Amazon Studios Chief Talks Woody Allen, Today’s New Pilots and Ratings

Roy Price plots his streaming service's future

Just two and a half years ago, Amazon Studios did not exist as a streaming service. But since then, Amazon has slowly but surely built up a stable of original series. Last fall, it took a big leap forward in legitimacy, and it began to finally match the quality of Netflix's shows thanks to Transparent, which landed 11 Emmy nominations and became Amazon's signature series.

Earlier this week Amazon set its fall lineup, with a new or returning show rolling out each month (including Season 2 of Transparent, which begins streaming on Dec. 4). The company also revealed that despite Woody Allen's public protests, his upcoming Amazon series is on track to air later next year. And today, the streaming service rolls out two new pilots—the marvelous drama Sneaky Pete and Casanova—and will solicit feedback from Amazon customers as it decides whether to pick them up for a full season.

In the midst of Amazon's busy week, Amazon Studios director Roy Price sat down with Adweek to talk about his new pilot strategy, "Woody being Woody" and why ratings don't matter.

Adweek: From the beginning, Amazon Studios' primary objective has been to make Amazon Prime customers happy enough to keep renewing their subscriptions, while also bringing in new Prime customers. Is that still the case?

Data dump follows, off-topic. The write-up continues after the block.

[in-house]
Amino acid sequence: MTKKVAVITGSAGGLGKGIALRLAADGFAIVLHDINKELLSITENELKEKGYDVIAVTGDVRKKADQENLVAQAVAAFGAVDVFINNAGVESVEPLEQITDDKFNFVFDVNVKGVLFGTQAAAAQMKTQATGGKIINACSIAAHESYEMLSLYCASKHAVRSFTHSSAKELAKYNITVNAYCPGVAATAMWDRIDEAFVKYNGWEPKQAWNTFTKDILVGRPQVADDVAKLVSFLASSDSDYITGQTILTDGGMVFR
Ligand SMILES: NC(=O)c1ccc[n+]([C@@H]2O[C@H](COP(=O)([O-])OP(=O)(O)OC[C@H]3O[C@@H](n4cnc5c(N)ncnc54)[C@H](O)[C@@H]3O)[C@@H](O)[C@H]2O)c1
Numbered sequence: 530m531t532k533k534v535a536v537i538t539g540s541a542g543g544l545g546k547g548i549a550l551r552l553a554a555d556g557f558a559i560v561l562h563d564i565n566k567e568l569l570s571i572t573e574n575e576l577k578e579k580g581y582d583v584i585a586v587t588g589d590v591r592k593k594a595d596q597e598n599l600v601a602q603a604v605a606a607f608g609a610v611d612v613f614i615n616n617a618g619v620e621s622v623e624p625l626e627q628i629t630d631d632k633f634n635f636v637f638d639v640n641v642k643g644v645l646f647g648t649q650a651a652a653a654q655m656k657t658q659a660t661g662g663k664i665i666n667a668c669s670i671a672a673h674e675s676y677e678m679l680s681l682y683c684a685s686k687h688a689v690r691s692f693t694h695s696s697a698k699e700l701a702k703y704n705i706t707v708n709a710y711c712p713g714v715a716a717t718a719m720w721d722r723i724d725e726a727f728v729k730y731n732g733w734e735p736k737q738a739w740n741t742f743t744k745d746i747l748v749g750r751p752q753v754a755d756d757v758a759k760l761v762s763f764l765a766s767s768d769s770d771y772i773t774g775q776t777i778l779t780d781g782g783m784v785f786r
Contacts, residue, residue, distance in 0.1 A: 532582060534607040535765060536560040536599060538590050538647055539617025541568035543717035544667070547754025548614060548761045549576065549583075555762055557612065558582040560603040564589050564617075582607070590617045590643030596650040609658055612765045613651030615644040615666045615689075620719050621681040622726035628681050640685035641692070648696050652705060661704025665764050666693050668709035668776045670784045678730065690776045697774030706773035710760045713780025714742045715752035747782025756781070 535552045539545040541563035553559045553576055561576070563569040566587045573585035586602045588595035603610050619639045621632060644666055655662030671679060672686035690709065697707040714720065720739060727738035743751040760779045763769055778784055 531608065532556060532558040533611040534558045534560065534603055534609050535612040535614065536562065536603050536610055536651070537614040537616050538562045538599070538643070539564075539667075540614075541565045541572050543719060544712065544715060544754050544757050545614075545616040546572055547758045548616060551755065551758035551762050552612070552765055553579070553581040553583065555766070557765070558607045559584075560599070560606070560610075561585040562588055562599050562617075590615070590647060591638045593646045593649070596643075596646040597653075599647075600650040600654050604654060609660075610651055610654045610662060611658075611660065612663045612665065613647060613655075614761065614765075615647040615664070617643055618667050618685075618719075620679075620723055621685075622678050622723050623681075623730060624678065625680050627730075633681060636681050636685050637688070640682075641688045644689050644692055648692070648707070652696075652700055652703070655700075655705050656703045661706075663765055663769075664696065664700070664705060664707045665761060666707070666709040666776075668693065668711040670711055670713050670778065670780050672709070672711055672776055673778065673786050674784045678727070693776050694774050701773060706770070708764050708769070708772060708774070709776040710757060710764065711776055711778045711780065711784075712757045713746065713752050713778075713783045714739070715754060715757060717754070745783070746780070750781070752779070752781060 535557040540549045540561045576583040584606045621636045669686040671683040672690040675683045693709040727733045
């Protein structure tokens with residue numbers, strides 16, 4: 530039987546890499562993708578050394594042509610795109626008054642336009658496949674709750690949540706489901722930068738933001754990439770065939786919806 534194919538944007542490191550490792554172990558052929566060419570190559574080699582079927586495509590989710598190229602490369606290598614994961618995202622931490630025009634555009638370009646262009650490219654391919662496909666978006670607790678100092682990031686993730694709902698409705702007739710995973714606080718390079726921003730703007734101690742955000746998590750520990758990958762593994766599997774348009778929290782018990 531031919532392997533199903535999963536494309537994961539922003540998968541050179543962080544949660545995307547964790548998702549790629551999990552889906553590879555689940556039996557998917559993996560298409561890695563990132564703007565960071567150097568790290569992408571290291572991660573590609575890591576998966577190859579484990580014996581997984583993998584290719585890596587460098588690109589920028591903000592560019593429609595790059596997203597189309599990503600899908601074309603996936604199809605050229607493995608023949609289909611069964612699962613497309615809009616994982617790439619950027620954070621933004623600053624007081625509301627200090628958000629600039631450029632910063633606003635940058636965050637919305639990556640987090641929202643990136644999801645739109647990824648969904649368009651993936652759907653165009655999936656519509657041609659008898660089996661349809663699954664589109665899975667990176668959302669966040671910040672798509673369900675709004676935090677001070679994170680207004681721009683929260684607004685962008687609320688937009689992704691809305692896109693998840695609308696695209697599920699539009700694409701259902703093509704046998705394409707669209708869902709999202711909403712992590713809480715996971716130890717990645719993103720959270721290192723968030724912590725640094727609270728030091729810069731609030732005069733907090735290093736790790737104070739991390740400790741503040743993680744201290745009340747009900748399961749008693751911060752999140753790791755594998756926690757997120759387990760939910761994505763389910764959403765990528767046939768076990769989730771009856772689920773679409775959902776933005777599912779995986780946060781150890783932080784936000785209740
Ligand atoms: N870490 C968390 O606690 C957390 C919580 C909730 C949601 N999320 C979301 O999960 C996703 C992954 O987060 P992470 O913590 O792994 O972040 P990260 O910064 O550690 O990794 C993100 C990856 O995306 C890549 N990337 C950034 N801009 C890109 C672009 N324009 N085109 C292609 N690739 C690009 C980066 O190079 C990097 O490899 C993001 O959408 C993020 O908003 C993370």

Roy Price: Yes. You're both serving the Amazon Prime customer, which is great, adding value on top of the stuff that they already have, and also introducing the service to new people, who may not have been using it but were attracted because they hear about the shows. So those are the two goals, and we're seeing success on both dimensions.

When you made the deal last week with the Top Gear team, had you been looking to push into the automobile genre, or did you specifically want to be in business with them?

I think you want to be in business with people that are, or are going to be, the voices of their time. And when those people become available and they want to do something, you need to get into that conversation and see if you can be a part of that.

Woody Allen keeps saying how much he regretted making his Amazon deal. Was that just Woody being Woody, or did he ever come to you and say he wanted out?

That's totally Woody being Woody. The thing to worry about would be if he was suddenly super sunny and positive about it. Then I'd be worried [laughs]. But we met on Friday, all systems go, looking good, on track. We'll shoot around the turn of the year. It's all good.

Can you say anything about what his show will be about?

I have nothing else to say at this time.

It seemed as if some people were interpreting his earlier comments to mean that you were forcing him to stick to a deal that he didn't want to be a part of.

We would never do that, because you're not going to get a good show. That was not the case.

The Woody Allen show is going straight to series. Will you do more straight-to-series orders going forward, or do you still enjoy Amazon's public pilot process? 

Straight to series will always be the exception, but if it's the right answer in a particular circumstance, we'll do it. But it has to be a very particular set of circumstances and talent. Most of the time, we will not do it.

You're debuting only two new pilots Friday after rolling out 13 in January. Does this mean you're transitioning to a smaller number of pilots for each round? 

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